A Hard Days Night By The Beatles

January 30, 2015

It had been eight weeks since the Beatles had a number one single but that streak ended on August 1, 1964, when “A Hard Day’s Night” reached the top of the charts for the first of two weeks.

The film of the same name premiered July 6, 1964, to favorable reviews. The cream of high society turned out and over 10,000 people gathered around the theater.

One of the highlights of filming was George Harrison meeting Patti Boyd, his (and Eric Clapton’s) future wife, on set.

“A Hard Day’s Night” entered the BILLBOARD Hot 100 at number 21 and two weeks later it was number one.


Love Me Do By The Beatles

December 29, 2014

“Love Me Do” was a track that was recorded before their signing with the Capital label in America, similar to “She Loves You” and Twist And Shout.” Released on Vee Jay’s Tollie label it became the group’s fourth number one single when it spent the week of May 30, 1964 at the top of the Billboard Hot 100.

There has always been controversy surrounding the song. Originally released in the U.K. October 5, 1962, it reached number 17 on their pop chart. Ringo Starr was the drummer on that recording. “Love Me Do” was re-recorded for release in the USA with studio musician Andy White on drums and that is the version that topped the charts in the United States.

While the song is rarely mentioned among the Beatles best works, John Lennon’s harmonica play is memorable.

 


Can’t Buy Me Love By The Beatles

December 4, 2014

 

The Beatles had ruled the American music world for nine straight weeks. What could they possibly do for an encore? The answer was a third number one hit in a row.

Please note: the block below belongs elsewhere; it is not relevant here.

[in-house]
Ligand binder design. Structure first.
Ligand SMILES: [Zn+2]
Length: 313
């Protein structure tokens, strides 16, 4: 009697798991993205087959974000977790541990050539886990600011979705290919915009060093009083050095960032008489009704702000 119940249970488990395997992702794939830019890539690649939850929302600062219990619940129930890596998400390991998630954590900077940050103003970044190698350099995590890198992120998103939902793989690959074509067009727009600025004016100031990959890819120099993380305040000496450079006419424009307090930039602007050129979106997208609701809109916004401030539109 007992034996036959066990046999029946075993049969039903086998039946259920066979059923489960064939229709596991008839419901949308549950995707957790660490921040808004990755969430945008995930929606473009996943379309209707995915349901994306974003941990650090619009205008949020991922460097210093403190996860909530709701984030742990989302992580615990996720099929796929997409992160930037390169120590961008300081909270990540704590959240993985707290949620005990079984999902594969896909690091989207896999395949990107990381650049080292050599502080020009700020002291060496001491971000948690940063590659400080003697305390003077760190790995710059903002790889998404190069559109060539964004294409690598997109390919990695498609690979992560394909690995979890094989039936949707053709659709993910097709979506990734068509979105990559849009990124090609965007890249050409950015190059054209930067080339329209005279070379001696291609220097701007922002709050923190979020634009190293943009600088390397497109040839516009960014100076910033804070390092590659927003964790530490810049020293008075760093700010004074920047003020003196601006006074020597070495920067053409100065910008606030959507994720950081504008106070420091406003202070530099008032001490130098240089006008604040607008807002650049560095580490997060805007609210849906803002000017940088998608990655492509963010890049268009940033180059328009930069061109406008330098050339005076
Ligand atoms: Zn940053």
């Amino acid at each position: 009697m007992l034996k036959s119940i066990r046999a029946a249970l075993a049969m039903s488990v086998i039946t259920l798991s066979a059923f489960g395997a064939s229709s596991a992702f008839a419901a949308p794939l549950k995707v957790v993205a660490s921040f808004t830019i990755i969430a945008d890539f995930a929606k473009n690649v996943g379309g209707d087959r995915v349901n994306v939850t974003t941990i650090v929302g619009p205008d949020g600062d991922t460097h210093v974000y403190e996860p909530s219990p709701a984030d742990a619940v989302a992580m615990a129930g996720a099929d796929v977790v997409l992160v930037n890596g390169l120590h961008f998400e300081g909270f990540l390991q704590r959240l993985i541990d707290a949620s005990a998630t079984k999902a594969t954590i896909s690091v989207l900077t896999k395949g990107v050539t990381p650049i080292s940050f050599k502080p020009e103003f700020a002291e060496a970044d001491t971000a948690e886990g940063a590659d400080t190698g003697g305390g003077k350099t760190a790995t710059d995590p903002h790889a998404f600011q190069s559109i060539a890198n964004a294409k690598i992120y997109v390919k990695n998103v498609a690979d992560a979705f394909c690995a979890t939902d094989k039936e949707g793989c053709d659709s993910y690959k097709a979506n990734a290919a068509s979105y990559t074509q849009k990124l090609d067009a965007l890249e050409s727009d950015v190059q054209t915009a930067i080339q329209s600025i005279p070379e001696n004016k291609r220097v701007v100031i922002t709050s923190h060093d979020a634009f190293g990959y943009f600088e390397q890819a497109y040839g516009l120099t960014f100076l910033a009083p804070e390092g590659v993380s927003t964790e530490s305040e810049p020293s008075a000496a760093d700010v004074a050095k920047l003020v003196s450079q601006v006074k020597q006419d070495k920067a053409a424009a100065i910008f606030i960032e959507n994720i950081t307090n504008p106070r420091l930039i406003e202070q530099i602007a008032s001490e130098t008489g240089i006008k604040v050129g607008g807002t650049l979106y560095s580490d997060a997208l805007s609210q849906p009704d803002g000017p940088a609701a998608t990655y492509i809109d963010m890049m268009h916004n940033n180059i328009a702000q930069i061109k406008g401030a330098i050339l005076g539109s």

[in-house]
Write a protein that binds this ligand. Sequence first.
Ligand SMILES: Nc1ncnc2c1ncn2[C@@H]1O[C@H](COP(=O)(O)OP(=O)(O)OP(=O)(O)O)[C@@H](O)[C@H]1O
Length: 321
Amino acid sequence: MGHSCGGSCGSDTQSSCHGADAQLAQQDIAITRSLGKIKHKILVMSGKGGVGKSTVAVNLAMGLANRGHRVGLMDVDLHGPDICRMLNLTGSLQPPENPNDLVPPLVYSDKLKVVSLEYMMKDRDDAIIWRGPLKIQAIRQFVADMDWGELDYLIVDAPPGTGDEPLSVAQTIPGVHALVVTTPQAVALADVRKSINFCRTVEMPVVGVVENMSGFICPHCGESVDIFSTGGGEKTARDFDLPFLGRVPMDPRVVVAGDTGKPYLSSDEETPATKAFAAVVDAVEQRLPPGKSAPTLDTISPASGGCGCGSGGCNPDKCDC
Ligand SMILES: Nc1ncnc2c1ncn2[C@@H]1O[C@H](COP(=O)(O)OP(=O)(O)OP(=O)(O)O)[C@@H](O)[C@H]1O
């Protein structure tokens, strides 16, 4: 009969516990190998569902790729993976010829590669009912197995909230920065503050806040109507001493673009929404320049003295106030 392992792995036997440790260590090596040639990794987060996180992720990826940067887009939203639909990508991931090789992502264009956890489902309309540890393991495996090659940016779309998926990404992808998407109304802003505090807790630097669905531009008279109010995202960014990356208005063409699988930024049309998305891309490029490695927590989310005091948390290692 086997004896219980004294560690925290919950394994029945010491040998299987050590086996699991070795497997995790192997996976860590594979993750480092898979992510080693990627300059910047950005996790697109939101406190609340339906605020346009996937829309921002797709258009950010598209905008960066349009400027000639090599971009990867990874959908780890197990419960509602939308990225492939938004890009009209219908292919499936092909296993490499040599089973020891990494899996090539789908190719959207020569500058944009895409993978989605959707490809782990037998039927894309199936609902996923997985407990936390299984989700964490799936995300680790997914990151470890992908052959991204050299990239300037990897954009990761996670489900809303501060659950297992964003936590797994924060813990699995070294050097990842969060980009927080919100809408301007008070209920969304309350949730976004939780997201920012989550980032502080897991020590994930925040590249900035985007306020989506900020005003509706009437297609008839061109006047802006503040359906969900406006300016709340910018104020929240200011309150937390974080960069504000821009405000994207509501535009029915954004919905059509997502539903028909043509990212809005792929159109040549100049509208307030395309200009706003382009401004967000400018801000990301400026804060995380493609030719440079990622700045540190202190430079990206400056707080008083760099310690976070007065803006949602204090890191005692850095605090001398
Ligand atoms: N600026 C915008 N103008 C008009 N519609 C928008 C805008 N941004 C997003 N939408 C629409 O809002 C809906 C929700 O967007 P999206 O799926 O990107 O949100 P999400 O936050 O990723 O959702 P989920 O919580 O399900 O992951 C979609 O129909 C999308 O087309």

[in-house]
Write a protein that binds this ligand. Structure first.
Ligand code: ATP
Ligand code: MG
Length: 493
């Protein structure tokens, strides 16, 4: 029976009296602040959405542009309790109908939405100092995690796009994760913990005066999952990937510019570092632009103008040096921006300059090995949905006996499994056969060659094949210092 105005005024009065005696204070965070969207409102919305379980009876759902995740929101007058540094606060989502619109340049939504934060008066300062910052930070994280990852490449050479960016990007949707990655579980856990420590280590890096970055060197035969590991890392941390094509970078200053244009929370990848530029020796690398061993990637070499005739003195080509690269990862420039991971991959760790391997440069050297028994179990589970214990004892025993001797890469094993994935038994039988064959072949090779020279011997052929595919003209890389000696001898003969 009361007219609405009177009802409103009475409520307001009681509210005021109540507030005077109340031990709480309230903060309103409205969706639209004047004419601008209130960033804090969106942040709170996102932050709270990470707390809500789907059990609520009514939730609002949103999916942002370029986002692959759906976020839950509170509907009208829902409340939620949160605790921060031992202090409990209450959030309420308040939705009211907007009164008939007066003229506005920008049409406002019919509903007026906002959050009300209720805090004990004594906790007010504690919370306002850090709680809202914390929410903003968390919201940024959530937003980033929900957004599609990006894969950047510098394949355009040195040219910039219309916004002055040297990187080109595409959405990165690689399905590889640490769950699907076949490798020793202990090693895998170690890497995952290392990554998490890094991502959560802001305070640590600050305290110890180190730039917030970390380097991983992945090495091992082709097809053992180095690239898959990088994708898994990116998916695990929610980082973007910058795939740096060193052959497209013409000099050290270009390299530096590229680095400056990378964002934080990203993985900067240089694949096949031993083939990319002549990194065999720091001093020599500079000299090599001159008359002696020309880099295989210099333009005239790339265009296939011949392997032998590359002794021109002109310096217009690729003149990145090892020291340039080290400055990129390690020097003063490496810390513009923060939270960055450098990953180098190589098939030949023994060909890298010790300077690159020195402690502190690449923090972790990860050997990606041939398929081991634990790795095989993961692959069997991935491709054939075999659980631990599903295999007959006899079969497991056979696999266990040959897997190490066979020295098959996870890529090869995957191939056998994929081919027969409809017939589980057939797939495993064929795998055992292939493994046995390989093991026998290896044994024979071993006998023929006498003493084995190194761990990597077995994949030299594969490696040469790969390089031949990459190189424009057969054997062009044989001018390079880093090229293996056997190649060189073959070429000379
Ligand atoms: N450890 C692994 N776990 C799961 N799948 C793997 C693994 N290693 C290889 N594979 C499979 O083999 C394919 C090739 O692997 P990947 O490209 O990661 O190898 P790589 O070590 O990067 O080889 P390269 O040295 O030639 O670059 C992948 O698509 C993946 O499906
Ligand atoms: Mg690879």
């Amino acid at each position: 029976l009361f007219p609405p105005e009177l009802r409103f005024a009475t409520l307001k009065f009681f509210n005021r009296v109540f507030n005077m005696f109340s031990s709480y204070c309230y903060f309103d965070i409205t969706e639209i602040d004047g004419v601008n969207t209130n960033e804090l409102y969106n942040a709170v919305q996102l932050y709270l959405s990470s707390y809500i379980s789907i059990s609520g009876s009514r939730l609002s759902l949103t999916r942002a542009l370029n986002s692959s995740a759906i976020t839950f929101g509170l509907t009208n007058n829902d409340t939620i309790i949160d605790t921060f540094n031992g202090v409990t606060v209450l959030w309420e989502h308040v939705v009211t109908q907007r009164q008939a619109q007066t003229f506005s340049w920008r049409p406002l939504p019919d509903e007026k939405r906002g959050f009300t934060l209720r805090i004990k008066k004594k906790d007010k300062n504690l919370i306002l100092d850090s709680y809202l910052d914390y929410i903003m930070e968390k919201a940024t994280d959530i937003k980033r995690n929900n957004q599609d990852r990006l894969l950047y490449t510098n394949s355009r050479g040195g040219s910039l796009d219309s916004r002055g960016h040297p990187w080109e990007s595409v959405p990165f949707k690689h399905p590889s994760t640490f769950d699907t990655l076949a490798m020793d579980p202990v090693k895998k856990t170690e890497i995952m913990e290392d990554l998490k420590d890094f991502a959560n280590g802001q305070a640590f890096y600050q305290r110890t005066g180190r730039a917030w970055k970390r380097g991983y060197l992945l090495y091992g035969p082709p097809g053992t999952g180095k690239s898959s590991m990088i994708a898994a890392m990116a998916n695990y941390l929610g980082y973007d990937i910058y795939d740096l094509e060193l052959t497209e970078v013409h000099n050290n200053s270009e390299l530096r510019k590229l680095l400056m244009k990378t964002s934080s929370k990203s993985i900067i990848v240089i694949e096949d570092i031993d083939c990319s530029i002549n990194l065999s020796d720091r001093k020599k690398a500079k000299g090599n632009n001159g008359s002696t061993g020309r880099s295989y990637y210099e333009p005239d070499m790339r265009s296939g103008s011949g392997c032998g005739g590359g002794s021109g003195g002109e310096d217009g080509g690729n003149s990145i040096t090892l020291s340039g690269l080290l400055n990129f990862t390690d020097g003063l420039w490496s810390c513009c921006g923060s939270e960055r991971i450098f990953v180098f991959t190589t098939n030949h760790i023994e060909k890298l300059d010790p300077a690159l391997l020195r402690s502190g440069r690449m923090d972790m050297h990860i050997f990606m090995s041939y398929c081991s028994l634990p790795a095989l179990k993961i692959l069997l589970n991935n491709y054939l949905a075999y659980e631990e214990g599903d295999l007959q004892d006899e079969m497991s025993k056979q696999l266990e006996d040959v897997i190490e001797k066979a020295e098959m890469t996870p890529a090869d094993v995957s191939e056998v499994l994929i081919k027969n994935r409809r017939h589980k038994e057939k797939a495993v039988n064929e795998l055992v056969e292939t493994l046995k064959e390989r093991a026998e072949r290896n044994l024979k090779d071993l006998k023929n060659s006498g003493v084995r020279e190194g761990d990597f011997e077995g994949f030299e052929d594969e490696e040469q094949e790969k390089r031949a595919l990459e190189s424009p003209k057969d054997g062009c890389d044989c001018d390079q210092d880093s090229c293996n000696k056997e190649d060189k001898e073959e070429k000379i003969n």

“Can’t Buy Me Love” became the number one song in the United States, April 4, 1964, and would remain in that position for five weeks but that was only the tip of the iceberg.

On December 9, 1956, Elvis Presley set a record with nine singles on the BILLBOARD Hot 100. The Beatles smashed that record on April 11, 1964, when 14 of their singles occupied positions in the Hot 100.

1) Can’t Buy Me Love

2) Twist and Shout

4) She Loves You

7) I Want To Hold Your Hand

9) Please Please Me

14) Do You Want To Know A Secret

38) I Saw Her Standing There

48) You Can’t Do That

50) All My Loving

52) From Me To You

61) Thank You Girl

74) There’s A Place

78) Roll Over Beethoven

81) Love Me Do

And so it was with Beatlemania in 1964.

 


She Loves You By The Beatles

November 13, 2014

 

The Capital label hit the jack pot when it signed the Beatles to an American contract. Their only mistake was declining to release the Beatles first four singles before striking gold with “I Want To Hold Your Hand.”

“She Loves You” was one of the songs turned down by Capital. It was issued in early January of  1964 on the Swan label but received little notice. When “I Want To Hold Your Hand” became a mega-hit Swan reissued “She Loves You” and it eventually replaced “I Want To Hold Your Hand” as the number one single in America on March 21, 1964. It remained at the top of the charts for two weeks.

Oddly it was their producer George Martin who suggested they add “Yeah Yeah Yeah” to the song. which became instantly identifiable with the early Beatles sound.